Market Commentary - Cumberland Advisors - Employment Report

In our interview with the Wall Street Journal this morning we enumerated and discussed the anecdotes we see from our client base in over 40 states. There is a slowing underway because of Trump-Navarro Trade War protectionism. It is getting worse, as one would expect. We see it in New England in the lobster industry. We see it in the Western US in construction. We see it in employment composition and businesses’ deployment of assets as they build inventories in anticipation of tariffs. And we see it in delays of capital expenditures as entrepreneurs are bewildered by Trump administration inconsistencies.

Simply put: You cannot make business decisions and investment decisions based on Twitter rampages. That doesn’t work.

The Fed’s Beige Book confirms these anecdotes in reports from the twelve Federal Reserve regions. DataTrek has a compilation out this morning. We have copied and pasted it below. The key to today’s employment report is that the data from the US national report is confirming what the survey data is saying in the Fed’s reports.

Here’s Datatrek:

That’s why we look at the Beige Book when it is released eight times a year, as it offers more color on what’s happening beneath the economic surface than the national data shows. Another word we’ve been closely monitoring in these reports: ‘tariff’. It went from no mentions in the January and March reports to the following times in future editions: April (36), May (22), July (31), September (41), October (51), and December (39).

Clearly tariffs continue to worry businesses across the US, as eleven out of twelve districts mentioned them in the latest report. Also of concern: ‘Most Districts reported that firms remained positive; however, optimism has waned in some as contacts cited increased uncertainty from impacts of tariffs, rising interest rates, and labor market constraints.’ Not dissimilar to this quarter’s market worries… Here’s some key examples of what they’re saying about each topic from the period of mid-October through late November:

Tariffs

• Boston: ‘An industrial distributor said they expected tariffs to contribute 50 to 100 basis points to price increases for their products… Looking ahead to 2019, retailers expressed significant uncertainty about the impact that tariff increases will have on prices–beyond some point, they will pass the increases on to consumers.’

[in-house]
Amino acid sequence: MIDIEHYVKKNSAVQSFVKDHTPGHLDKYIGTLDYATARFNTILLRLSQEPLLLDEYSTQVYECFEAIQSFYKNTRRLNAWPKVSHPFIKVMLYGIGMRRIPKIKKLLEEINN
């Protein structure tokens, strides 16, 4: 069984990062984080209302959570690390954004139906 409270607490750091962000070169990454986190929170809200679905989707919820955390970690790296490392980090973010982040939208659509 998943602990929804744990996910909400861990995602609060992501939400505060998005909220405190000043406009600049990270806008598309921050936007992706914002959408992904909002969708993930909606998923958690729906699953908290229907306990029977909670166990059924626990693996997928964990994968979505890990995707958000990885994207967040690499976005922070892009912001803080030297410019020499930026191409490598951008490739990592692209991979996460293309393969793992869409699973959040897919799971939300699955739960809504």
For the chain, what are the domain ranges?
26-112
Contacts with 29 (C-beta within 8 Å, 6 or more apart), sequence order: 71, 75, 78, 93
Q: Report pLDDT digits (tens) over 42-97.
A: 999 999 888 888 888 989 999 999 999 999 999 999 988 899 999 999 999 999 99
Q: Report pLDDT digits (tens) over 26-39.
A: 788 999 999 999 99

• Philadelphia: ‘One firm reported that it has passed along its costs from 10 percent steel tariffs but that it expects customers to push back if the tariffs increase to 25 percent.’
• Cleveland: ‘Contacts noted that tariffs were lifting prices further down the supply chain. Selling prices rose with less intensity than they did for input costs.’
• Richmond: ‘Wholesale and retail services saw higher prices for goods affected by tariffs… Tariffs were a significant concern noted by manufacturers, as they were believed to raise costs of raw materials, thereby raising prices and lowering demand… Several retailers reported narrowing profit margins as cost of goods increased as a result of tariffs.’
• St. Louis: ‘Contacts expressed concern over the ongoing tariffs leveled at U.S. agricultural products. There are reports of storage shortages as soybeans that are normally exported to China are being stored in large quantities rather than exported.’
• Dallas: ‘Manufacturing sector slowed during the reporting period, and outlooks were less optimistic than they have been all year. Output growth softened notably in November, with the tariffs, labor constraints, and trade policy uncertainty cited as damping factors.’

‘The upshot: several districts continue to express concern and uncertainty about tariffs and potential changes in trade policy. Tariffs have already increased input costs, which many indicate they will have to pass on to consumers if they haven’t already.'” (Datatrek Morning Briefing, Dec. 6, 2018, “Beige Book: Ghost(ing) of Recession Future”)

Markets are already reacting to the outlook for slowing growth. Future Fed hiking is being repriced to fewer and fewer rate rises. There is good reason, as inflation remains subdued while the economy is slowing to a 2% or lower growth rate.

For bonds this is bullish; and for tax-free municipal bonds, which have been yielding higher than taxable Treasury bonds, this is doubly bullish.

For stocks, this removes or lessens the risk that the Fed will go too far with its hiking strategy. It remains to be seen if the stock market will see a glimmer of positive news in this weaker-than-expected jobs report. News of the arrest of a Chinese firm’s executive casts a pall over any trade negotiations.

For POTUS, this is another warning that the Trump-Navarro Trade War policy is accelerating damage to the economy. One at a time, businesses and investors are becoming disillusioned. We are in the camp that the tariffs are damaging and are spreading like a financial cancer. The Trump-Navarro policy is metastasizing.

We again reiterate that we believe the Trump policy is unsustainable. And we believe that the American business community will overcome it. We continue to use the instability in the equity markets to our advantage by selectively adding to our positions. We believe the time to buy stocks is when no one wants them and when the tape is red. If the Trump-Navarro policy leads to a full-blown cold war with China, we will be proven wrong. But if the mounting evidence reaches into policy enough to alter it, we will be right and markets may soar to new all-time highs within the next two years. Time will soon tell.




Dow stages comeback from deep losses fueled by uncertainty on U.S.-China trade deal

Excerpt below of “Dow stages comeback from deep losses fueled by uncertainty on U.S.-China trade deal”

By Taylor Telford, Heather Long, and Thomas HeathDecember 6 at 4:04 PM

Cumberland-Advisors-David-Kotok-In-The-News